HEMPSTEAD, N.Y. -- The New York Jets tried to improve their pass rush in a big way Saturday, selecting speedy and powerful defensive end Vernon Gholston out of Ohio State with the sixth pick in the NFL draft.
The selection of Gholston, expected to play outside linebacker in New York's 3-4 defense, was met with big cheers from the notoriously critical Jets fans at Radio City Music Hall. The 6-foot-4, 264-pound Gholston should boost New York's pass rush, which had just 29 sacks last season.
The Jets got back into the first round later, trading their second-round pick and a fourth-rounder to Green Bay for the No. 30 pick. The fans who cheered a few hours earlier for Gholston booed loudly as New York took Purdue tight end Dustin Keller, thinking the Jets might take a wide receiver or quarterback.
The speedy Keller, the first tight end or wide receiver drafted, is expected to add a much-needed vertical threat to the Jets' offense. Keller had 68 catches for 881 yards and seven touchdowns last season for the Boilermakers. His selection clouds the future of starter Chris Baker, who recently asked for a trade after the Jets didn't restructure his contract.
Much to their delight, New York went with a player who set an Ohio State record with 14 sacks last season despite facing double teams regularly.
"I'm going to make things happen," Gholston said moments after his selection.
While Pace and Gholston are considered similar players, the Jets made it clear that they want to get to opposing quarterbacks with more frequency. Gholston gives New York some flexibility at the position with Pace and Bryan Thomas, who also play the hybrid defensive end-linebacker spot.
"Vernon's got to come in and establish a role, and we look forward to him doing that," coach Eric Mangini said. "We've got a nice mixture of guys now to fill that outside linebacker position."
Gholston was a defensive end in Ohio State's 4-3 defense, his combination of speed -- he ran a 4.56 40-yard dash -- and power -- he benched a team-best 455 pounds and squatted 405 pounds 20 times -- made the Jets think he's a perfect fit for their defense.
"He can help in all phases of our defense," general manager Mike Tannenbaum said. "He can rush the passer, I think he does a good job of setting the edge in the run game. He plays over the tight end as well, so there's a lot of different things he can do."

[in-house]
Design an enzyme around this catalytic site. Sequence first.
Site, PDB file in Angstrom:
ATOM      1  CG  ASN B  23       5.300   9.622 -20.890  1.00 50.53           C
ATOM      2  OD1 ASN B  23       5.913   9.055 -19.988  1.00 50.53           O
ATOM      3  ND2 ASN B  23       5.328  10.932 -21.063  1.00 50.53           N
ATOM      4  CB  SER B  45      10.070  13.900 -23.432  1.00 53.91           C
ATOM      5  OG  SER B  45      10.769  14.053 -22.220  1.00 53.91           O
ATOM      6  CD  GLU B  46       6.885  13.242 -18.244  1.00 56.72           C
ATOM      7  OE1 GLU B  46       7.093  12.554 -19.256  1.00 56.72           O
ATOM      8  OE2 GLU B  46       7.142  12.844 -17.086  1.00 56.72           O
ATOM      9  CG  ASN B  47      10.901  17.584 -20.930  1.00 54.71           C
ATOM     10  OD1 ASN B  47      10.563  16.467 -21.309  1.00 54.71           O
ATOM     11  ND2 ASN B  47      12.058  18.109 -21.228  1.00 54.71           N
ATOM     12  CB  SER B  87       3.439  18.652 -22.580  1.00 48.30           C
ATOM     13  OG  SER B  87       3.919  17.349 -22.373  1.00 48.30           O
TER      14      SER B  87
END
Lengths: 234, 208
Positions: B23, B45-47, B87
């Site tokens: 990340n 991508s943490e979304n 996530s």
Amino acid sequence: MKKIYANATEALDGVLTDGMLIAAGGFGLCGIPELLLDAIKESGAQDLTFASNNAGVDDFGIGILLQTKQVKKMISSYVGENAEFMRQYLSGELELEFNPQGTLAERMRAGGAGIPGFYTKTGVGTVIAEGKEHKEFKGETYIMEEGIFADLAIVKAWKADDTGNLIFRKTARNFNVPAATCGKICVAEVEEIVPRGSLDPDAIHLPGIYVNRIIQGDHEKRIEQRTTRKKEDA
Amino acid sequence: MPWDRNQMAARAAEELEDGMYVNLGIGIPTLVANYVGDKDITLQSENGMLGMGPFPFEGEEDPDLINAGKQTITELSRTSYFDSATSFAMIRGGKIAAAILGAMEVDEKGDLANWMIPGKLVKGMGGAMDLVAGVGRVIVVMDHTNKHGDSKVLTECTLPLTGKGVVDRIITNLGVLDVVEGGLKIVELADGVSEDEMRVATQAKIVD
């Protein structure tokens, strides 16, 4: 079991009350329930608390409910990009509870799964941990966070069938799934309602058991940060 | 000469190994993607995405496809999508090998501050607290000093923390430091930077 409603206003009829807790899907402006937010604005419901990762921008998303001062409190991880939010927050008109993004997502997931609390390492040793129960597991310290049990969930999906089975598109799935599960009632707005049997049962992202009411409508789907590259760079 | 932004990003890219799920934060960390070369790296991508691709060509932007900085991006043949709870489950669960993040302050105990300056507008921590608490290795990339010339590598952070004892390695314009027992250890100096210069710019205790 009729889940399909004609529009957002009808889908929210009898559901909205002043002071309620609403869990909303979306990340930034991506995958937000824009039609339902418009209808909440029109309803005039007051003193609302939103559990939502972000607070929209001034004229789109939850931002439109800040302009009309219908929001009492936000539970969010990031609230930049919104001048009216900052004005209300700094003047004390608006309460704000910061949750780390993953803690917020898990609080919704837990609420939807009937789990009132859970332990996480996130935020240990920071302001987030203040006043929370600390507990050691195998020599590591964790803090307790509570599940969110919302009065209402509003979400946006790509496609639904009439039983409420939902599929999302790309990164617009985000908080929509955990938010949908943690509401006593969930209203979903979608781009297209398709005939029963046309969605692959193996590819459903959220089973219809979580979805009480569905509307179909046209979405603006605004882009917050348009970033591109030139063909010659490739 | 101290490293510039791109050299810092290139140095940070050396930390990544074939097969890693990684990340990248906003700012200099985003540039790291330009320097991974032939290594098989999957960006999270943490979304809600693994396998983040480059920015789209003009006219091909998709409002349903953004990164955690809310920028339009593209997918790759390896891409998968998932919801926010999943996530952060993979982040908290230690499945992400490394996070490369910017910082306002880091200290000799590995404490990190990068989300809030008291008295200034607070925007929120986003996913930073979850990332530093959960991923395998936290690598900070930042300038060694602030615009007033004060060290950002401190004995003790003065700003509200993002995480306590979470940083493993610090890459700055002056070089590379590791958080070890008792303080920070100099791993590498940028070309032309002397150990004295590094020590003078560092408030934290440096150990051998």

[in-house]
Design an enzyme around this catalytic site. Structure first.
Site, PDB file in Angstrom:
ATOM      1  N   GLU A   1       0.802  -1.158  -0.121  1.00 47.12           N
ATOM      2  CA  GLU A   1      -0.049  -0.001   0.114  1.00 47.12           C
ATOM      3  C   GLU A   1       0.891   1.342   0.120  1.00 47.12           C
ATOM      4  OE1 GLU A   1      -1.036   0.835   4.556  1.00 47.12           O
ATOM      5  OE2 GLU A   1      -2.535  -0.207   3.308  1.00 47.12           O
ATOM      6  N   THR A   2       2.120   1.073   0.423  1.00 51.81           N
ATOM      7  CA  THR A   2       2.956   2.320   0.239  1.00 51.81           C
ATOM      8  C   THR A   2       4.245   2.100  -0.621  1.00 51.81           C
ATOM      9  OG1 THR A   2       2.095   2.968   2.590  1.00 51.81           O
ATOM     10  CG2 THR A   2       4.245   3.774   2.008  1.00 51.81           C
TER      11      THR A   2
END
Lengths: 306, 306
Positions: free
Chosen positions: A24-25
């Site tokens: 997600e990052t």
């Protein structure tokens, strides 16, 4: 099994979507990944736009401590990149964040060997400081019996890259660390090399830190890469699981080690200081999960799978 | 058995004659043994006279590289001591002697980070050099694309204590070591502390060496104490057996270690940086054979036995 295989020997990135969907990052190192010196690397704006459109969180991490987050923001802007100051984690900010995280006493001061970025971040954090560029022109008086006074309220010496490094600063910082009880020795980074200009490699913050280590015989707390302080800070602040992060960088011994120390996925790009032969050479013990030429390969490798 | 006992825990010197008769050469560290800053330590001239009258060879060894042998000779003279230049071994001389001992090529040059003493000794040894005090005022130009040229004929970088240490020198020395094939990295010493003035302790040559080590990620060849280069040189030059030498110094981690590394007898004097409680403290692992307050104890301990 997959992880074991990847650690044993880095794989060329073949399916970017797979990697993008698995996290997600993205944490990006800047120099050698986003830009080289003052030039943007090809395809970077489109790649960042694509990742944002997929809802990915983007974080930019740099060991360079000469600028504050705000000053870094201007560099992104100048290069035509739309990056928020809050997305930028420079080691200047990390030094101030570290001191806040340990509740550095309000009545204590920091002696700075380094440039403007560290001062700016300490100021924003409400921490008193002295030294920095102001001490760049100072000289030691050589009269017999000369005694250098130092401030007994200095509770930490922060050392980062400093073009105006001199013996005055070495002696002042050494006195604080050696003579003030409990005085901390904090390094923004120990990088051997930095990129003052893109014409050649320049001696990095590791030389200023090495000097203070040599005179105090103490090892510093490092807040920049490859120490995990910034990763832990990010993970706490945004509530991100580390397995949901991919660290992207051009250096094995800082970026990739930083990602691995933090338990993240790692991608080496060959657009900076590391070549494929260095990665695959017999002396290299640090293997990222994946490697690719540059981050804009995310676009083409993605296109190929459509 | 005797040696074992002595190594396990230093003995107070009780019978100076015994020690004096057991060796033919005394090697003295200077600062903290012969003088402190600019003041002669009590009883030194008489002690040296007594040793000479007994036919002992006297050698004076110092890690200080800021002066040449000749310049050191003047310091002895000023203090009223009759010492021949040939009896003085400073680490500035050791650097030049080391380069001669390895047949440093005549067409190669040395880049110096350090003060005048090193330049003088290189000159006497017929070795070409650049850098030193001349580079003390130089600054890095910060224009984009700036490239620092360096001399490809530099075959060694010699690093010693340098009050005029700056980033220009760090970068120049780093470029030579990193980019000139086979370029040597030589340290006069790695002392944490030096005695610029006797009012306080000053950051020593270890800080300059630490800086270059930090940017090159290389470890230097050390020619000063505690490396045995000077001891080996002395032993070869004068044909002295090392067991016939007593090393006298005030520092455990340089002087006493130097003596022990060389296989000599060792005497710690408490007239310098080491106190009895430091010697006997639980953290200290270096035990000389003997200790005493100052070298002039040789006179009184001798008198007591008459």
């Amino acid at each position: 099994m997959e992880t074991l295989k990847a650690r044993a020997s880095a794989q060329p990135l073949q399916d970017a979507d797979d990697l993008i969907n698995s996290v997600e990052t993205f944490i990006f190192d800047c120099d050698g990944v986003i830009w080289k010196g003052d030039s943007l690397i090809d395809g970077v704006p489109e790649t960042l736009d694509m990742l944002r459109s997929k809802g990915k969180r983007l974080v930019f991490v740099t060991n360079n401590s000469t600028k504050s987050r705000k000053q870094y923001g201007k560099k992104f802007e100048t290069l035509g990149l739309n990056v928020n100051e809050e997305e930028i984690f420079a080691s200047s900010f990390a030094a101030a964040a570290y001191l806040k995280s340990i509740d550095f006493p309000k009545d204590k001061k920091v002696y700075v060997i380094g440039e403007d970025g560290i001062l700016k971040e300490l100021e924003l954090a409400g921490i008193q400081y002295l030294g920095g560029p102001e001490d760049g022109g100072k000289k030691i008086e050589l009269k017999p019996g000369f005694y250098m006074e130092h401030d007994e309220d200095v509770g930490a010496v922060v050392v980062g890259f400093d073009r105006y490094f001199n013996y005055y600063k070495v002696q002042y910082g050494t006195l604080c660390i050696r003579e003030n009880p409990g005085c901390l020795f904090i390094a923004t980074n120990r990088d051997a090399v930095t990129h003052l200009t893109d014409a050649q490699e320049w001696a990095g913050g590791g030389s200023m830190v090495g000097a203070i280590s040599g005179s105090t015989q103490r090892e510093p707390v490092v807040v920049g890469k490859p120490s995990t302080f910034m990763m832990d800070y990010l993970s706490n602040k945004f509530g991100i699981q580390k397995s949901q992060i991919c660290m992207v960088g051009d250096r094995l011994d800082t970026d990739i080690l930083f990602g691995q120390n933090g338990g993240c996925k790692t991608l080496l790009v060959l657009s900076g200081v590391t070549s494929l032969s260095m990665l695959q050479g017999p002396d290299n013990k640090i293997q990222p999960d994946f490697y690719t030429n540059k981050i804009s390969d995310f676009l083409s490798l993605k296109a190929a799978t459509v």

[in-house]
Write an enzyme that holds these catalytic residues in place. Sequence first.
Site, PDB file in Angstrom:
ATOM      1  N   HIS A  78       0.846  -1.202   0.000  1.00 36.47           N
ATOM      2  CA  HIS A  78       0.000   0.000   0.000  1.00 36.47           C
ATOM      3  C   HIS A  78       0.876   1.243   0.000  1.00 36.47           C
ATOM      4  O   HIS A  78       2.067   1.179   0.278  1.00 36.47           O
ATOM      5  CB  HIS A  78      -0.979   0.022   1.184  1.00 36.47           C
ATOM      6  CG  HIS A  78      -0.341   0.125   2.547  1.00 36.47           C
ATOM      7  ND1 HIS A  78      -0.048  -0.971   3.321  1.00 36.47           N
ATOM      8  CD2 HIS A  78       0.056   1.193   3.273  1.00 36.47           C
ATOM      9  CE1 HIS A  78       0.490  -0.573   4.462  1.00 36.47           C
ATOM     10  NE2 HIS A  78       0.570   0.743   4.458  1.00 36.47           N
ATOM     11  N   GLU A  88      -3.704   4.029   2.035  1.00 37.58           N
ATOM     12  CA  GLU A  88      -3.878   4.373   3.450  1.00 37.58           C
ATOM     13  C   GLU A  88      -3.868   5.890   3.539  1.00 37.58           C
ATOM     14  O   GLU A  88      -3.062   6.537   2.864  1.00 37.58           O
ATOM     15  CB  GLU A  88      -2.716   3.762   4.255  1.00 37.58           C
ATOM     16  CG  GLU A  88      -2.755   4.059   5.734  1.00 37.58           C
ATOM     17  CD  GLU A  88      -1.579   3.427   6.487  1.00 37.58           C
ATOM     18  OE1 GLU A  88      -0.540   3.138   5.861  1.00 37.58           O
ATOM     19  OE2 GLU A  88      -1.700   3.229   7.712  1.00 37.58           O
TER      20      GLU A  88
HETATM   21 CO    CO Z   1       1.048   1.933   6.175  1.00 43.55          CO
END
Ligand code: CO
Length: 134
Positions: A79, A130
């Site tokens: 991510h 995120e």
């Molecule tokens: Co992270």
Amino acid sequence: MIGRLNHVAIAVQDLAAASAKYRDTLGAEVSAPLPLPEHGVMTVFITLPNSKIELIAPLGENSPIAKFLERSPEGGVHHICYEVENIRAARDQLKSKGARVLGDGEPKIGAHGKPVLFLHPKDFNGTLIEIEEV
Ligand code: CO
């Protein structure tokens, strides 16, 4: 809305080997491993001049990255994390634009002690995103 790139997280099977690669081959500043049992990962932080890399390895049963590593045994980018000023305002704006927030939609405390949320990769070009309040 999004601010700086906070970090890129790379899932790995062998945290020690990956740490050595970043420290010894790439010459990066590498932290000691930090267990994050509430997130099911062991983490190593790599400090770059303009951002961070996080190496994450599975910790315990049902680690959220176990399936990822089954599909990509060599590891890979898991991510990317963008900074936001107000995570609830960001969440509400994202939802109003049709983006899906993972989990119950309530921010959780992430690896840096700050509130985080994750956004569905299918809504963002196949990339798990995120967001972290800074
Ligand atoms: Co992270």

Gholston got his sacks in bunches last season, with four games with at least two, including a career-high four against Wisconsin. He also had a sack against Michigan offensive tackle Jake Long, the only one allowed last season by the No. 1 overall pick by Miami.
"The Jets are getting a great player," Long said. "I respect him as a person and as a player. I'm excited for the challenge to play him again."
About the only criticism of Gholston is that he would dominate during stretches in games, but then appear to takes some plays off.
"I'm always happy with sacks in bunches," Mangini said with a laugh. "If that's the way they're going to come, then that's great, too. There were a lot of games where he may not have had a sack, but he affected the quarterback quite a bit."
"He's just one of those guys who does what he's told and works really hard," Nugent told The Associated Press in a phone interview. "He was a freshman when I was a senior, and I remember him being average size, but he has really improved himself."
Gholston didn't play football until his sophomore year at Cass Tech High in Detroit, and he played offensive line after being overwhelmed at linebacker. He returned to defense as a senior and became a major signing for Ohio State.
It took time for Gholston to develop, though, as he never played more than 3 minutes in a game as a freshman, then was redshirted after breaking his left hand in the season opener the next year.
He developed into a star in 2006 and became one of the best players in the country last year.
"We think his best football's ahead of him," Tannenbaum said. "We think in our program, he'll have a chance to develop and get better."
Copyright 2008 by The Associated Press